Review: The DUFF by Kody Keplinger

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Rating: ★★

17-year-old Bianca Piper didn’t think anything could get worse than having to deal with her parents’ soon-to-be divorce until the most popular and attractive boy in school, Wesley, nicknames her the DUFF, which stands for the Designated, Ugly, Fat Friend (real original, right?). At first, Bianca shrugs it off like it was no big deal, but deep down it hurt her to the core. Why did he call her that awful name? Was she really ugly and fat like he thought she was? And more importantly, why does she care what Wesley, a well-known “man-slut”, thinks?

Things take a turn for the worse when Bianca kisses Wesley. And to her horror, she liked it. Since the stuff back home doesn’t seem to get any better, she desperately seeks for an escape by throwing herself into a secret ‘enemies-with-benefits’ relationship with Wesley.

Thoughts: Initially, I was going to let my younger sister read this book, but I’m glad I read it first because shockingly, this book has a lot more sex than I thought it would (warning labels would be appreciated, thank you). Nothing too graphic, it doesn’t go into explicit detail, but there were some very steamy moments. So steamy that I would feel completely uncomfortable letting my sister read it. (obviously I can’t shelter her forever, but I’m keeping this book hidden until she’s at least 30 haha)

So according to Wesley, there is a DUFF within any group of friends. Bianca has two really pretty, popular best friends that have people stretching their necks whenever they walk into a room. She feels that she doesn’t have that same presence as her friends, but that has never bothered her before until Wes decides to open his foul mouth.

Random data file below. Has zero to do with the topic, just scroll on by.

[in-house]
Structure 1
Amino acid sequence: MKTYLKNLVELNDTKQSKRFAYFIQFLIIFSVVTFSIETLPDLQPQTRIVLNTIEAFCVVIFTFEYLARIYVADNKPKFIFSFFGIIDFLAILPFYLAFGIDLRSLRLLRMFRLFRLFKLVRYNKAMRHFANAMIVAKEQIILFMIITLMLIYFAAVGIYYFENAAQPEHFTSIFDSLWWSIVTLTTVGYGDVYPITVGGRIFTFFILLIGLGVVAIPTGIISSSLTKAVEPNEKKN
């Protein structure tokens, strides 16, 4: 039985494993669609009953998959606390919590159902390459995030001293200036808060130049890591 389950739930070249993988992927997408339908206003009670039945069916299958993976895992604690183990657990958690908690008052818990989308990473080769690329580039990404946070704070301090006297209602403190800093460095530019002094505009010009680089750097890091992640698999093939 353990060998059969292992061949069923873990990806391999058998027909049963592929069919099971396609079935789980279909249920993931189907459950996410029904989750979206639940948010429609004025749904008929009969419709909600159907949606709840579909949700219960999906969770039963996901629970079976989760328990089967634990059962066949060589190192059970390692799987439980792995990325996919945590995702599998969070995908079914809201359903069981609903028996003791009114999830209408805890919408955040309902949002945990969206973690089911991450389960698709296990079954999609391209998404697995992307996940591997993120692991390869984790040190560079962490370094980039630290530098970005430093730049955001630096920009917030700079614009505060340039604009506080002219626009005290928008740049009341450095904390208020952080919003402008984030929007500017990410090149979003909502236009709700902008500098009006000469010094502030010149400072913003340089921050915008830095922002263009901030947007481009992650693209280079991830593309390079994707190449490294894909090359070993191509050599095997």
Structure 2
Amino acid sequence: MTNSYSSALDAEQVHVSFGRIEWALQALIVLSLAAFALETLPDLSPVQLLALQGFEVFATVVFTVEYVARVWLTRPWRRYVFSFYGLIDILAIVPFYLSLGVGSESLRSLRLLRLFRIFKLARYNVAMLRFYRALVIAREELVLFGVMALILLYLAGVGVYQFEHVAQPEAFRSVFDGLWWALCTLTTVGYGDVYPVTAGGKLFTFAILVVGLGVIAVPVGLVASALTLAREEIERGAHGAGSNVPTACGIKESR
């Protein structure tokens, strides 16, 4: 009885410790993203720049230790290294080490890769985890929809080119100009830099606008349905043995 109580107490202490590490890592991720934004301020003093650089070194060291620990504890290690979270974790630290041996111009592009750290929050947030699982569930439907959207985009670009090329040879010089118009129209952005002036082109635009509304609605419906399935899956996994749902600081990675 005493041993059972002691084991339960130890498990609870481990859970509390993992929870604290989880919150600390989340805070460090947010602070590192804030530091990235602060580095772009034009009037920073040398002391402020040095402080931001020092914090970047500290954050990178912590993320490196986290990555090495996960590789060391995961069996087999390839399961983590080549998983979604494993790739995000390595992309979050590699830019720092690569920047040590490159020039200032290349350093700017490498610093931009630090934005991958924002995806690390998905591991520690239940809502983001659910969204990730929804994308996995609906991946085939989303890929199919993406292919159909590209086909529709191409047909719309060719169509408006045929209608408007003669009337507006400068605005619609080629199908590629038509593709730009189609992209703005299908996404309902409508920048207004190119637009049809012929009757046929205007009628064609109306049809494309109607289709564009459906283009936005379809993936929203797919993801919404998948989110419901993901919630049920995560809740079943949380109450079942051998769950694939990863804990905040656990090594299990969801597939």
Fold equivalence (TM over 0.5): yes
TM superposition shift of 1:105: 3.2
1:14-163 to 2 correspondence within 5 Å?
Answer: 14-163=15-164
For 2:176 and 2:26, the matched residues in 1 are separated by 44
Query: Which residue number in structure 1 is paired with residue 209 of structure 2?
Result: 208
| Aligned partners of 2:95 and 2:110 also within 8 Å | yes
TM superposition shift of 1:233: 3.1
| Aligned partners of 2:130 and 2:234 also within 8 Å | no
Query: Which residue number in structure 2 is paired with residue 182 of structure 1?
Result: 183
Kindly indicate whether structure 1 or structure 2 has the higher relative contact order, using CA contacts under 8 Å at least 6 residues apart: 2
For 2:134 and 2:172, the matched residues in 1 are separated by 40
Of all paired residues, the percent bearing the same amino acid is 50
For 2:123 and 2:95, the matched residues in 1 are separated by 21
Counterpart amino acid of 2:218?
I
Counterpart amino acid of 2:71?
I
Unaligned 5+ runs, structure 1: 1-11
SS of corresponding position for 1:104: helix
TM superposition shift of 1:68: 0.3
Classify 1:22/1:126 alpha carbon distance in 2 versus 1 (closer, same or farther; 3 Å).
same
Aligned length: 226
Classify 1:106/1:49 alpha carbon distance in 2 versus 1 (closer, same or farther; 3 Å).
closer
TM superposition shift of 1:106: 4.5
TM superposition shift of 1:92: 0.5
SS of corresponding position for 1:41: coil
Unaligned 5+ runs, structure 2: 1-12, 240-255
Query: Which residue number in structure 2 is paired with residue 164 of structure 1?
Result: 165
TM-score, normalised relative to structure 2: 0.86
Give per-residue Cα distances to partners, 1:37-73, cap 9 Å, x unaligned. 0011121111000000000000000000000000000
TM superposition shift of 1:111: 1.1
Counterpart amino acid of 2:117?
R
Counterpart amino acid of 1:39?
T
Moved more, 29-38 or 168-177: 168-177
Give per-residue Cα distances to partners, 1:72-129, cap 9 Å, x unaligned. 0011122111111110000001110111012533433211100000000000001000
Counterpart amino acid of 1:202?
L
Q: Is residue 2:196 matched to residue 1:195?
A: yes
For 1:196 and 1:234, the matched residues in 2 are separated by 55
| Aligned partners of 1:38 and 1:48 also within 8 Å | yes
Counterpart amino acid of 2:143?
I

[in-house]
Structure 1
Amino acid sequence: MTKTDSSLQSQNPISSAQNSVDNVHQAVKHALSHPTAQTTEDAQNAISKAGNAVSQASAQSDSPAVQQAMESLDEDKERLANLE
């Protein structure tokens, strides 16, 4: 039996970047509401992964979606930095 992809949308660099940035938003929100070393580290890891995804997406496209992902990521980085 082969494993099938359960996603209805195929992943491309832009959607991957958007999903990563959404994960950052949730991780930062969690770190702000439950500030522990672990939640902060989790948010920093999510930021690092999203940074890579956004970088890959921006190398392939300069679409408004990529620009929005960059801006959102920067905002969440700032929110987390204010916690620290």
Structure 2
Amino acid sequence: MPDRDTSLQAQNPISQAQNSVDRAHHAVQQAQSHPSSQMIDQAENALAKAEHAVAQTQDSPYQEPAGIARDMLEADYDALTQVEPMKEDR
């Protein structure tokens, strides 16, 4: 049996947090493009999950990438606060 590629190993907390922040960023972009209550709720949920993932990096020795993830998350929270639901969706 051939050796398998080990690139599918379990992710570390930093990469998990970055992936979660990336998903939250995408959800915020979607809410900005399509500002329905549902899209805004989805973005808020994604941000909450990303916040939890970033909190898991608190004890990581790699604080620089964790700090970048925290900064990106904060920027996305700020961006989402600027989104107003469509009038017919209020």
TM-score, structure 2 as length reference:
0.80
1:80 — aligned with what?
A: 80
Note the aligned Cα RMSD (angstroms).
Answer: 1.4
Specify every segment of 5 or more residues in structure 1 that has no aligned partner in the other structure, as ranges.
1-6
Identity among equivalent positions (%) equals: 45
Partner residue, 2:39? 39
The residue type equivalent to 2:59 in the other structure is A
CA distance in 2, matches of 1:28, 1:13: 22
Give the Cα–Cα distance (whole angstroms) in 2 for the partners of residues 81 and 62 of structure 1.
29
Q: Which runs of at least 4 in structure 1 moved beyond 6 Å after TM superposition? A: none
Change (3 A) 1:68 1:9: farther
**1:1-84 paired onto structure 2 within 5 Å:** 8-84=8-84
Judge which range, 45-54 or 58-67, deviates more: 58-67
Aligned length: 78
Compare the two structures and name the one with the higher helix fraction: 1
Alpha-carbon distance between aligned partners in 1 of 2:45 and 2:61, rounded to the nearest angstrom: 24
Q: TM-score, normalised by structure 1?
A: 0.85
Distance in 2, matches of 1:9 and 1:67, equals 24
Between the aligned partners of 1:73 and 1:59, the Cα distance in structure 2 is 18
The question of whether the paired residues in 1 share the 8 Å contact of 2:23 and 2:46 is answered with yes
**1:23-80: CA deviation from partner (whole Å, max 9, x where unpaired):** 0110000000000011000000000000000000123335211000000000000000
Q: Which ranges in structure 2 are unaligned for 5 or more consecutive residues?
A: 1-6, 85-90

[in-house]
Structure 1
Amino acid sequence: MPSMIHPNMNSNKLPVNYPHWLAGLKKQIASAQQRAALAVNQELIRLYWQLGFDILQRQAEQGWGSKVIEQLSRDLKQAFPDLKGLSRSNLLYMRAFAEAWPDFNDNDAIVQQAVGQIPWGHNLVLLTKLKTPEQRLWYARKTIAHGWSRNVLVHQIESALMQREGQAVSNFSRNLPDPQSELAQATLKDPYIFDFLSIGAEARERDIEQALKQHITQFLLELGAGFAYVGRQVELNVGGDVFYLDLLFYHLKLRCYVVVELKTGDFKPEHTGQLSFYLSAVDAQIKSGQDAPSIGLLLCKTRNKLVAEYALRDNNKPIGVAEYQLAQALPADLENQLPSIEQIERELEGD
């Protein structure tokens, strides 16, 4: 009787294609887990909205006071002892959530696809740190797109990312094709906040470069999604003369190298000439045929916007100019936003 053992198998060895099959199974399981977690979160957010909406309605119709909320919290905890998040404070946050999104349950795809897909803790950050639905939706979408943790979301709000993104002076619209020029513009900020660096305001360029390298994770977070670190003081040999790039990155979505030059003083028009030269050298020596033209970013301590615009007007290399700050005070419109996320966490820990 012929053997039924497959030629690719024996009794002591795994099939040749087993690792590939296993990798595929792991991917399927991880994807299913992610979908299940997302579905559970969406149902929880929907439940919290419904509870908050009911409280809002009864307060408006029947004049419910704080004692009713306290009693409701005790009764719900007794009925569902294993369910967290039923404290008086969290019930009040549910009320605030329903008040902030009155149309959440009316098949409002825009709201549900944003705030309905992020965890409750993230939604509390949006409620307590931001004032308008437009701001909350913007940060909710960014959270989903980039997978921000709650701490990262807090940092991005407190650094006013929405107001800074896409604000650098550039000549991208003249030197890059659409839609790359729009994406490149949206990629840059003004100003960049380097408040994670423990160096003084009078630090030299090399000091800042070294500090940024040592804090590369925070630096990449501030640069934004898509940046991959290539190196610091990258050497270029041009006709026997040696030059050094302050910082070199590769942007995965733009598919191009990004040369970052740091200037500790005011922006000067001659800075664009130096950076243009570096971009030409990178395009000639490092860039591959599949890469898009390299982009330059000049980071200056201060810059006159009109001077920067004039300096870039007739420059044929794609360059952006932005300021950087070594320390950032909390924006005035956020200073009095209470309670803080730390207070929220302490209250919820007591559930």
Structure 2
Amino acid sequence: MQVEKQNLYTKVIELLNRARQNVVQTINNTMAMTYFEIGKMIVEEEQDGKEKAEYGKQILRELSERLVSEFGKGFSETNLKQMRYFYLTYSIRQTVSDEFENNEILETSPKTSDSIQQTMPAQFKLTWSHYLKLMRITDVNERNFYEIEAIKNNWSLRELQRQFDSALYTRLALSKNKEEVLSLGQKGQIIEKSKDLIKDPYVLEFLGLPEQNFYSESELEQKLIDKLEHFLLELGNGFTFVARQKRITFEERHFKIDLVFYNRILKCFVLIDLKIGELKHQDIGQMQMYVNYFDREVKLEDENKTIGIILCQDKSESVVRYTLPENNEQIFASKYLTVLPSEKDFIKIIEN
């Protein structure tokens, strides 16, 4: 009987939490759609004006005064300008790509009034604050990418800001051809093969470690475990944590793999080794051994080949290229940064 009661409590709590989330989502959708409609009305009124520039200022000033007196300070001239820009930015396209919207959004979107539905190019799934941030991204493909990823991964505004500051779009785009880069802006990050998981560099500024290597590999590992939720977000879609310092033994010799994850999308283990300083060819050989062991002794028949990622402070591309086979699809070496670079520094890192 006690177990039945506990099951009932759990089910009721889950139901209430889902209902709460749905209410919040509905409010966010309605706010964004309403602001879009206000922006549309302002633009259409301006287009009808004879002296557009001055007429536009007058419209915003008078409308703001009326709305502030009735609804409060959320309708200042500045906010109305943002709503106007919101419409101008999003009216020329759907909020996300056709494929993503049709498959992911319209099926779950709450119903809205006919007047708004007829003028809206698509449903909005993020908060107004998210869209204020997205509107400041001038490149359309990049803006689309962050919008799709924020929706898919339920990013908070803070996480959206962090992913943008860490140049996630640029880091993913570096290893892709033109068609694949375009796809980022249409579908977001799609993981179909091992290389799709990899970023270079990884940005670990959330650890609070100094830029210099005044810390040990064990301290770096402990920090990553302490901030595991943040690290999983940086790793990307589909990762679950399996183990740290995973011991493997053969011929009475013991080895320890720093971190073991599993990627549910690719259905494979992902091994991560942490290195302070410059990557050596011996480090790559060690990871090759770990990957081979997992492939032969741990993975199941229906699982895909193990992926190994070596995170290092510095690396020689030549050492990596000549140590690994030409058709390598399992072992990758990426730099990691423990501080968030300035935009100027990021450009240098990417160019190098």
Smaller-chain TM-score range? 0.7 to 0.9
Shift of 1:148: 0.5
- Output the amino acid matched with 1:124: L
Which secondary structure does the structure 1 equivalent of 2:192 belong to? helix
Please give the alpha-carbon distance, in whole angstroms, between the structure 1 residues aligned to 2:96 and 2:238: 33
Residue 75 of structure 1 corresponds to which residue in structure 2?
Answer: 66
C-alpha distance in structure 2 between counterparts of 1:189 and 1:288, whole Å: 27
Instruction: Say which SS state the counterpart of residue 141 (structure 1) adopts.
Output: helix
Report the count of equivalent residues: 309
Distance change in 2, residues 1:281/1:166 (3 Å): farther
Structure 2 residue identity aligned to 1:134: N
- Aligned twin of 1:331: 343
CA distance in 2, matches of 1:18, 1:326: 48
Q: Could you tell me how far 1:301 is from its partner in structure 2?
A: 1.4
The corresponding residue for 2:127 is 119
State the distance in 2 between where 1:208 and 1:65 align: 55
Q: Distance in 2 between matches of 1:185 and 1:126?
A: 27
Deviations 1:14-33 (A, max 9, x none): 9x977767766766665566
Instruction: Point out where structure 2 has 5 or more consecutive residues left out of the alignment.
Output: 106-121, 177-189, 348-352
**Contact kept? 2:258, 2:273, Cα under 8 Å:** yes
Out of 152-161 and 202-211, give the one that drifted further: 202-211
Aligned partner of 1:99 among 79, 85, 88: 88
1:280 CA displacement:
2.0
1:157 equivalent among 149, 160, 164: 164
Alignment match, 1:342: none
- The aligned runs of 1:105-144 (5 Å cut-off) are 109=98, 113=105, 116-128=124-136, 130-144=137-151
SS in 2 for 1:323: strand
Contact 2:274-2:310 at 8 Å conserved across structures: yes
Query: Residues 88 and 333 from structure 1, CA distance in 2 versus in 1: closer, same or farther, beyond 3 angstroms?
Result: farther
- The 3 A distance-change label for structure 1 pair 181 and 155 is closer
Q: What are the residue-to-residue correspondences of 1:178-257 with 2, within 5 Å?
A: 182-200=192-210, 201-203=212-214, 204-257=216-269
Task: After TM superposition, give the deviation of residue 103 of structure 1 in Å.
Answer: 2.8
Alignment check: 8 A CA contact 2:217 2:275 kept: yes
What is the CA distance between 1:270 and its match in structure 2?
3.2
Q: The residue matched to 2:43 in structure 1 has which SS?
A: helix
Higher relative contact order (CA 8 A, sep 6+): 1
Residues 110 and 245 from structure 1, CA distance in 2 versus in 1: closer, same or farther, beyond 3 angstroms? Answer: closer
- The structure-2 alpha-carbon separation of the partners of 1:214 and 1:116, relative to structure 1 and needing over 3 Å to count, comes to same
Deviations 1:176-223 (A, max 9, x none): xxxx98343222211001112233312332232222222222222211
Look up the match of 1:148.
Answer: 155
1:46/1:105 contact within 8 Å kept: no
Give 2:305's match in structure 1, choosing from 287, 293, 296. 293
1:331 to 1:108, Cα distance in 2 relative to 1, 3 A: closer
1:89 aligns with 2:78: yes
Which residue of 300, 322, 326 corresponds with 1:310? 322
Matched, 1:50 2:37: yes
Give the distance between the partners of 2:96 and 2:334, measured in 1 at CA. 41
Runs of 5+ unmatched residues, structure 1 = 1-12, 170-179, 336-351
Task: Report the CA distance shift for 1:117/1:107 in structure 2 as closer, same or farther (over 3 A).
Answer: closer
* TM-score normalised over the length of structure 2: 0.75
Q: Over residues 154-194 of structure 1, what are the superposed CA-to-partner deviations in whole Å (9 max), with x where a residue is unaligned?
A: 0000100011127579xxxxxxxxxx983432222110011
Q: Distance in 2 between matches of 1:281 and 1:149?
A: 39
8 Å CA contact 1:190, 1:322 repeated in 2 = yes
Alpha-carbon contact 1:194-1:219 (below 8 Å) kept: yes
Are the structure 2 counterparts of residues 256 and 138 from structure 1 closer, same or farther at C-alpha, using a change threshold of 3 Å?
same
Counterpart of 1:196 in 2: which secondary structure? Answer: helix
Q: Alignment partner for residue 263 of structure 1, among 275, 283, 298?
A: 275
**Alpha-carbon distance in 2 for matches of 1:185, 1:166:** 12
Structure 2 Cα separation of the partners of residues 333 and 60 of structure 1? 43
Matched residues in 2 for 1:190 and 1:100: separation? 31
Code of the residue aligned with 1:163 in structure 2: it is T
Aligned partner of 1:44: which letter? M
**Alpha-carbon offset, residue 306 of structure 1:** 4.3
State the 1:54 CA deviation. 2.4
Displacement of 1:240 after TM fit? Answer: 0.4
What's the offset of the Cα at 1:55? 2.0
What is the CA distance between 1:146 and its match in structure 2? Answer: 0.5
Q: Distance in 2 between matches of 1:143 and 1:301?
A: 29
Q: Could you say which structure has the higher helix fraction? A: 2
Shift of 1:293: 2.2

My biggest problem with the book was how unbelievable the conclusion was.

*Read on to know more, but please be warned: it contains a mild spoiler.


Towards the end, Bianca starts to fall heavily for Wesley and vice versa, which is totally normal because it’s hard to keep your emotional and physical attractions separated. But then Bianca wants Wes to be in a monogamous relationship with her and you can clearly tell that he’s not too sure if he can do that. I’m thinking years into the future here for this relationship.

Personal story time! The reasoning behind my uncertainty at Wes and Bianca’s relationship is that I was involved with a “man-whore” myself. I dated a guy back when I was Bianca’s age, and he had this reputation for sleeping with a lot of girls and pretty much being a big flirt to every vagina he came across. I’ve been through hell and back with that relationship (if you can even call it that). So reading about Wes and Bianca made me cringe because I wanted to take Bianca aside and warn her of what MAY happen in the near future.

I’m not saying that my experience makes me an expert over anyone else’s, but from my point-of-view, the relationship in this book would not result in a happy ending in the real world.

There’s one paragraph on the last page that doesn’t sit well with me:

Despite my best efforts, I smiled. He wasn’t perfect, or even remotely close, for that matter, but, hey, neither was I. We were both pretty fucked up. Somehow, though, that made everything more exciting. Yeah, it was sick and twisted, but that’s reality, right? Escape is impossible, so why not embrace it? 

Mmm. It has doomed relationship written all over it.

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15 thoughts on “Review: The DUFF by Kody Keplinger

      1. So sorry, life has been busy so I haven’t logged in until now! I don’t read a whole lot of contemporaries I don’t think… but a few that come to mind that I have recently read this year is “Where’d You Go Bernadette” by Maria Semple and “The Art of Racing in the Rain” by Garth Stein. What about you?

        Liked by 1 person

      2. Oh, yeah, I liked Paper Towns, too. That one surprised me. I wish that that had been my first John Green book; it was a nice introduction.

        I’ve been toying with buying Since You’ve Been Gone, but for my sister. She’s into a lot of contemporaries right now, but I don’t want to burn her out by buying her every book in the genre haha! I’ve heard positive reviews on Morgan Matson, though.

        Where’d You Go Bernadette was a very accessible read. The main character was wonderfully quirky.

        Liked by 1 person

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